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The Securities and Exchange Board of India (Sebi) is working on a new set of guidelines to address the inherent conflict of interest in the functioning of credit rating agencies, according to a Press Trust of India news report. The market regulator first issued regulations for credit rating agencies in 1999, followed by amendments in 2006, 2010 and 2011.

Still, concerns about conflicts of interest prevail. Mint has periodically pointed out the problems facing the sector – highlighting recently that a large government company’s debt instrument was rated for a fee of only 1; questioning the high ratings of Deccan Chronicle Holdings Ltd just a few months before the company defaulted on repayments. What’s more, the head of Icra Ltd, one of the country’s large rating agencies, told this newspaper that some agencies are making compromises to win business.

In light of all this, it seems like it makes perfect sense for Sebi to review its regulations for the sector. But the solution may well be lesser regulatory involvement. Investors will be better served if Sebi and some other regulators do away with the requirement that debt instruments should be mandatorily rated.

But other than that, regulators should encourage investors and lenders to make their own independent appraisal of borrowers. The US Securities and Exchange Commission, for instance, had made a proposal that a rating would no longer be a required element in determining which securities are permissible investments for a money market fund. Former chairman Mary Schapiro had said at the time, “The focus of these efforts is to eliminate over-reliance on credit ratings by both regulators and investors, and encourage an independent assessment of creditworthiness." Professor Jayanth Varma of IIM Ahmedabad pointed out in a post-financial crisis blog post that UK does not use credit ratings at all in determining what securities a regulated entity can or cannot invest in. He added that India must do a hard rethink on the use of credit ratings and eliminate all use of them.

In India, Sebi’s rules require mutual funds to invest mainly in bonds with an investment grade rating, and restrict investments in unrated bonds to 25%. Entities overseen by the insurance sector regulator as well as the pension sector regulator also face ratings-based restrictions on their debt investments.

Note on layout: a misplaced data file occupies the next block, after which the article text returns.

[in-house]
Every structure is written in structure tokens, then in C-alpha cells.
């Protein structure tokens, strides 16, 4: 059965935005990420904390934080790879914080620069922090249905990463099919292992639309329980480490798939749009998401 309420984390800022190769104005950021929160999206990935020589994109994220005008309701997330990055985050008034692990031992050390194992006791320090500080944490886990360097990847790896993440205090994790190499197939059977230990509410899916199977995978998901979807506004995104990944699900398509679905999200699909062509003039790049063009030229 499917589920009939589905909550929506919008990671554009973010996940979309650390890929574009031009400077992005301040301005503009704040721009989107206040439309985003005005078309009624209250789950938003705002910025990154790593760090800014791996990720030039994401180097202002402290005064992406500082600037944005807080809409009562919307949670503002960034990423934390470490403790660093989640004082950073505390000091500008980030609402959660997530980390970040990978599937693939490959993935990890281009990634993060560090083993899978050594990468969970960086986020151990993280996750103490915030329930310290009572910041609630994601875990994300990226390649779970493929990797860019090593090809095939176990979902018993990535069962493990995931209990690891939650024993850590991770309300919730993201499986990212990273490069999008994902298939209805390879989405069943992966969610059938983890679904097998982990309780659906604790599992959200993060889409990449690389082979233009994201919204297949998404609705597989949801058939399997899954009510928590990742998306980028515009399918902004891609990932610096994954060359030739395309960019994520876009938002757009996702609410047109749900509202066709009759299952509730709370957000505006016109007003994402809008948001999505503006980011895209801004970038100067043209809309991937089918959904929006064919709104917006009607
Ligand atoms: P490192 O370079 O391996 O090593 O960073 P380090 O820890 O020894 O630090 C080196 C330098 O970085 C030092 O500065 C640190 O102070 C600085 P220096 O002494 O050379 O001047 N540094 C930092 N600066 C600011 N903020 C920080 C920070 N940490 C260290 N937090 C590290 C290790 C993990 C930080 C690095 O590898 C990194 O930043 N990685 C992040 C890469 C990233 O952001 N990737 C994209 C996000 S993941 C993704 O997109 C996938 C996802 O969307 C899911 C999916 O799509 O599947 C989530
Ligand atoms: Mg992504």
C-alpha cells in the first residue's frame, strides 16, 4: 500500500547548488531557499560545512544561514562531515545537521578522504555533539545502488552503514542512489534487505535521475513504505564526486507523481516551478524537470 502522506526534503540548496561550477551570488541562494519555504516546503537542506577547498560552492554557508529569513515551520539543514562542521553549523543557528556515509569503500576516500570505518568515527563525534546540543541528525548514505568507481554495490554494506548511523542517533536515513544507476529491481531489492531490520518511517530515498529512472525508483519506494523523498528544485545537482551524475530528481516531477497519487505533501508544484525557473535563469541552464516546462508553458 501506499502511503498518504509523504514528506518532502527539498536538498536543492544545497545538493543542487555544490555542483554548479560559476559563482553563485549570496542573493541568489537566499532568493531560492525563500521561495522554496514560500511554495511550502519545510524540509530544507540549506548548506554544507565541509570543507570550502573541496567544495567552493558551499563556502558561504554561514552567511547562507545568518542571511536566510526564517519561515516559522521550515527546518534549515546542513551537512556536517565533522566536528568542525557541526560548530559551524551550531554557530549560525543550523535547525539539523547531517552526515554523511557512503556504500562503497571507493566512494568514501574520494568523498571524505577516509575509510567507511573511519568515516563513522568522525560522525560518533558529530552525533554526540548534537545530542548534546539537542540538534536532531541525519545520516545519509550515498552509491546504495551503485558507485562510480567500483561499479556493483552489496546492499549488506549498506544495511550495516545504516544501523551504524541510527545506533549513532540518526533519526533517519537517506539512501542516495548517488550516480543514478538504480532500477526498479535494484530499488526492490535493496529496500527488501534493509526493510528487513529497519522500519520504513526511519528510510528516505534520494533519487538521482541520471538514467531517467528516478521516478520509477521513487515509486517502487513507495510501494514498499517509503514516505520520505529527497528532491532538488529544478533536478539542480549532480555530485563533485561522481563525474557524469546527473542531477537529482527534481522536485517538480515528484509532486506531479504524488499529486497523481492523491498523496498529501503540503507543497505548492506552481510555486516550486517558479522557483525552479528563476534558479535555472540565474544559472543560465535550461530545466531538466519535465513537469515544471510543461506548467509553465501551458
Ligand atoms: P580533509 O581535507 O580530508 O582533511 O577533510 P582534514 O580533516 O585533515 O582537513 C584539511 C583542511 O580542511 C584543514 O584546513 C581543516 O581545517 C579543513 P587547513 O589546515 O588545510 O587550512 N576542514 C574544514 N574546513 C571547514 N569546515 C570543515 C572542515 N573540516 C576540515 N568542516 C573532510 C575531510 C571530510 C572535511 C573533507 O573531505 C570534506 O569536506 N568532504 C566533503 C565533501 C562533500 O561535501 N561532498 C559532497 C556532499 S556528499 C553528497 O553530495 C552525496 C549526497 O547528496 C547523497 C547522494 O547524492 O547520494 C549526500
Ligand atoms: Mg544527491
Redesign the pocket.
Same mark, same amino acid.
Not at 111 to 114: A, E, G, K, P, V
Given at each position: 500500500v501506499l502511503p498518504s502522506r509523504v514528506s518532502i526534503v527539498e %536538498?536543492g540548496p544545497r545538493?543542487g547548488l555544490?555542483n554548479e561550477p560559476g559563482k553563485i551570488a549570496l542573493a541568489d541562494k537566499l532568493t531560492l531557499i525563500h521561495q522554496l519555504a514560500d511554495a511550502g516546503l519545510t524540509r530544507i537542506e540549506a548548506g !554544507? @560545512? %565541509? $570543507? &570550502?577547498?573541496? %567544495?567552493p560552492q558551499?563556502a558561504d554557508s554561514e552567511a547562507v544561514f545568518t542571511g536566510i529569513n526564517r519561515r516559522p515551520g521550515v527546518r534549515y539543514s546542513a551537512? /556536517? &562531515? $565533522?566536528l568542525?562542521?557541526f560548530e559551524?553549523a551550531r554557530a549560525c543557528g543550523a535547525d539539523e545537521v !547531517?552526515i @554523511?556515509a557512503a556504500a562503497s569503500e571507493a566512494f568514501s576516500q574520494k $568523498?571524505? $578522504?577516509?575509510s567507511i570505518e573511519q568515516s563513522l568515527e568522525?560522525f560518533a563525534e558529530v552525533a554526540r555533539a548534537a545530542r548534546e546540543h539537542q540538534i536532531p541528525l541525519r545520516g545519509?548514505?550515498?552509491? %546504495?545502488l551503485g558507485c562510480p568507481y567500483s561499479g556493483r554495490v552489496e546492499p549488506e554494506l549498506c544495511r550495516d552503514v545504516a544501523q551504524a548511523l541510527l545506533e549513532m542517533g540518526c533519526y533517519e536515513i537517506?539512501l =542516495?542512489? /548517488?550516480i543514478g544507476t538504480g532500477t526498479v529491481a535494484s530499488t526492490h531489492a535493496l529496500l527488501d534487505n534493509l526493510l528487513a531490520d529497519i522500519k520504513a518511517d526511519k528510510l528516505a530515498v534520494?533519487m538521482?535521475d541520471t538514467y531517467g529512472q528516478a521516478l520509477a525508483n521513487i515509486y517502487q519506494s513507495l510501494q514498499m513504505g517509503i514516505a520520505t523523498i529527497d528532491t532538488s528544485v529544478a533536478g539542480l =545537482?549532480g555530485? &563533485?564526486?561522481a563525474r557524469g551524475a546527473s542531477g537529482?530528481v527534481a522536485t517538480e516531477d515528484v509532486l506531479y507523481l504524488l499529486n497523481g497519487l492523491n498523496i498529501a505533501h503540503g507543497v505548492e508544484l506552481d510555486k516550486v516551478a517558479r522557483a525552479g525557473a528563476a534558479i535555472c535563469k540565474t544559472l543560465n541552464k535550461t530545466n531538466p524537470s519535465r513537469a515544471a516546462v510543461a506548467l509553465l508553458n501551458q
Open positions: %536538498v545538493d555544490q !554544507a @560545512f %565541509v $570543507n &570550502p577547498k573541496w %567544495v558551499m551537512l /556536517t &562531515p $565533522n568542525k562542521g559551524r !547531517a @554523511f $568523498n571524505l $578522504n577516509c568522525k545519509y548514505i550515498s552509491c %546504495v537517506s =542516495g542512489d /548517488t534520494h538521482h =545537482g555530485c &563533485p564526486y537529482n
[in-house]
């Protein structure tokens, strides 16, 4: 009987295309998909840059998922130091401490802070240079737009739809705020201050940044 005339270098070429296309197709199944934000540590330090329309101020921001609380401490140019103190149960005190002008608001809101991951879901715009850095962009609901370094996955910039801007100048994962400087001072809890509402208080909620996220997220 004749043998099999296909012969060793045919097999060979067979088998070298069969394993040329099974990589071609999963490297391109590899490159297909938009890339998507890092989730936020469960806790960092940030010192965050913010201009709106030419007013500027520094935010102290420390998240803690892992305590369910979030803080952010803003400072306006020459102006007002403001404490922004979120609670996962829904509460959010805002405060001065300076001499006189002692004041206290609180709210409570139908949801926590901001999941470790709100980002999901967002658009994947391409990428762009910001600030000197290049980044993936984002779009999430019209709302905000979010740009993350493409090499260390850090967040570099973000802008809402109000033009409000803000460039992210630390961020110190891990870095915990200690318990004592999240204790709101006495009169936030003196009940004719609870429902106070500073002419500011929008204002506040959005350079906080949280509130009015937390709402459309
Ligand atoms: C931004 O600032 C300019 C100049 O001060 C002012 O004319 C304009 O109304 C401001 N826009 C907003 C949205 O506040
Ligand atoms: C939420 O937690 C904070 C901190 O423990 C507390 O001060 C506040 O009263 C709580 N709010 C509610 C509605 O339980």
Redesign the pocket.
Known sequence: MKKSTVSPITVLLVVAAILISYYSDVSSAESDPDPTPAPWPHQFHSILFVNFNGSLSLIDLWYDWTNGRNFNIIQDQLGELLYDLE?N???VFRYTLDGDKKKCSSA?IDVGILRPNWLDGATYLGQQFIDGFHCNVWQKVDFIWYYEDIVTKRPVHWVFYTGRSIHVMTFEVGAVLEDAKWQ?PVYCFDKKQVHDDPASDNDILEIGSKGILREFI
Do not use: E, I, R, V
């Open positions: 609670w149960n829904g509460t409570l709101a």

Sebi has mandated rating for all public bond issues, capital protection oriented schemes. In the equity space, it has mandated ‘IPO Grading’ by credit rating agencies. The central bank has mandated rating of commercial paper, as well as fixed deposits by non-banking financial companies and housing finance companies. Even a government-appointed committee on Comprehensive Regulation for Credit Rating Agencies had considered doing away with mandatory rating. The committee, which was set up by the High Level Coordination Committee on Financial Markets, had said, “Regulators need to enhance their due diligence and investors need to strengthen their own information processing systems…. Over reliance on ratings by market participants has to be avoided." But sector regulators had rejected this suggestion, saying that Indian investors are still largely financially illiterate and that ratings help them make informed choices.

However, it must be noted here that Indian investors are making similar as well as more complex choices when it comes to investing in equity and equity mutual funds. Many of their choices as consumers of technology and automobile products, for instance, involve decisions for which they are seemingly ill-equipped.

But rather than encouraging investors to do their own due diligence, Indian regulators are doing the opposite. By keeping entry barriers for rating agencies high and mandating ratings, the message that is sent to investors is that these ratings are highly reliable. Now while it’s true that cases such as Deccan Chronicle are few and far between, they go to prove that investors must not base investment decisions primarily on ratings. Of course, the global financial crisis gave ample proof that investors who relied on rating agencies for their investments decisions were among the worst hit. Needless to say, if regulators do away with mandatory ratings, all companies offering these services will be hit. However, their services will still be sought after by investors and companies, which will lead to a situation where the best in the business thrive. Alongside, regulators should remove the bar on unsolicited ratings. This is far better than the current situation, in which issuers can practically shop for agencies that will give favourable ratings and reject agencies that give unfavourable ratings. Such a model is already in existence in the mutual fund space, where a number of entities provide unsolicited ratings on funds based on various parameters. Some of these entities such as Value Research have created a viable business model by providing primarily mutual fund research and ratings.

Doing away with mandatory ratings for debt instruments is, therefore, not as inconceivable as regulators currently think.

Your comments are welcome at mintmoney@livemint.com

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